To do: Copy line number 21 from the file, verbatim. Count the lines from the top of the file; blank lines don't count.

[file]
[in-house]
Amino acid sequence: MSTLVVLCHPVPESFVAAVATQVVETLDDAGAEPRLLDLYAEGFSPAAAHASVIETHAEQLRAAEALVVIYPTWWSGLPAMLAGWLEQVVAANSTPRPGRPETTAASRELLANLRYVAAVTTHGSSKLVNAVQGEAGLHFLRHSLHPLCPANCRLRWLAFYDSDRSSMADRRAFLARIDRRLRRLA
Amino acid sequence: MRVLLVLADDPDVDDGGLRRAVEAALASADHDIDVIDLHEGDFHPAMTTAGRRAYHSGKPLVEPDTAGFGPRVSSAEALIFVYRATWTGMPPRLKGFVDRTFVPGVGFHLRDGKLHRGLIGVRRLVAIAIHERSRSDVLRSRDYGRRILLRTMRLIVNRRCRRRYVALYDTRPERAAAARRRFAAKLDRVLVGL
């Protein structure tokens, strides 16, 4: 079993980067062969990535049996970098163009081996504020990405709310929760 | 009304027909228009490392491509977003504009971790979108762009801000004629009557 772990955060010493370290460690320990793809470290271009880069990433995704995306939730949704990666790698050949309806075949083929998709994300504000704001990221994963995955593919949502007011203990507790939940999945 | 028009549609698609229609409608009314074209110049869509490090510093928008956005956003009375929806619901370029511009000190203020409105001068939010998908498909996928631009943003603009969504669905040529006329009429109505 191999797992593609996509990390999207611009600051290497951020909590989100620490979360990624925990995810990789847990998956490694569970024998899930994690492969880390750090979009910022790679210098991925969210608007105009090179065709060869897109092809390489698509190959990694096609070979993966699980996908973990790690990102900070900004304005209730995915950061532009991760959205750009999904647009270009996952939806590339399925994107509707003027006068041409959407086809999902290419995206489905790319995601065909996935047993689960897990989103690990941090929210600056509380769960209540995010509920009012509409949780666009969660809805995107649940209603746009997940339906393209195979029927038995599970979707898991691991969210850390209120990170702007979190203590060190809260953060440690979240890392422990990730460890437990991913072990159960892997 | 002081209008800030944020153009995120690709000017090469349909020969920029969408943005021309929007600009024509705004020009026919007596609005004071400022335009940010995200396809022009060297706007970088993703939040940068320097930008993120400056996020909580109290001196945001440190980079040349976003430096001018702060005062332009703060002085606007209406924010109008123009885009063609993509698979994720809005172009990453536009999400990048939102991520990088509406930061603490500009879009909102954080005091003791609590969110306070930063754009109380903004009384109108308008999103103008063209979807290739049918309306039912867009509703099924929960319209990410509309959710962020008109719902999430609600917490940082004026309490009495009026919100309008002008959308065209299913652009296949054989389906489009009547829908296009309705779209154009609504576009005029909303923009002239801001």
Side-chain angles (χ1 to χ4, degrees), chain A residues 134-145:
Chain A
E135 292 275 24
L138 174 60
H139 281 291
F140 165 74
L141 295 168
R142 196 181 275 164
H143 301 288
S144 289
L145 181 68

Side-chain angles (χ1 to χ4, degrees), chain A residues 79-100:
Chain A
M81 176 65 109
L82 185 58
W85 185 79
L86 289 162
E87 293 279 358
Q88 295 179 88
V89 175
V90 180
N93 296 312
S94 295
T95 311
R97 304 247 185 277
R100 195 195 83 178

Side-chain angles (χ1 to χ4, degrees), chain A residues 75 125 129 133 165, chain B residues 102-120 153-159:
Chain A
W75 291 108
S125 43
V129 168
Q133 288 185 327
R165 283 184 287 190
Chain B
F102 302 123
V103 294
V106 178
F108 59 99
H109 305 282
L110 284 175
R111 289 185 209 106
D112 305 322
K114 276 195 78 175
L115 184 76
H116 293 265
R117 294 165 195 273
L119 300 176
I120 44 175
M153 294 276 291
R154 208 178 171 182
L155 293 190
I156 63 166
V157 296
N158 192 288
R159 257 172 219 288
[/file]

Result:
L86 289 162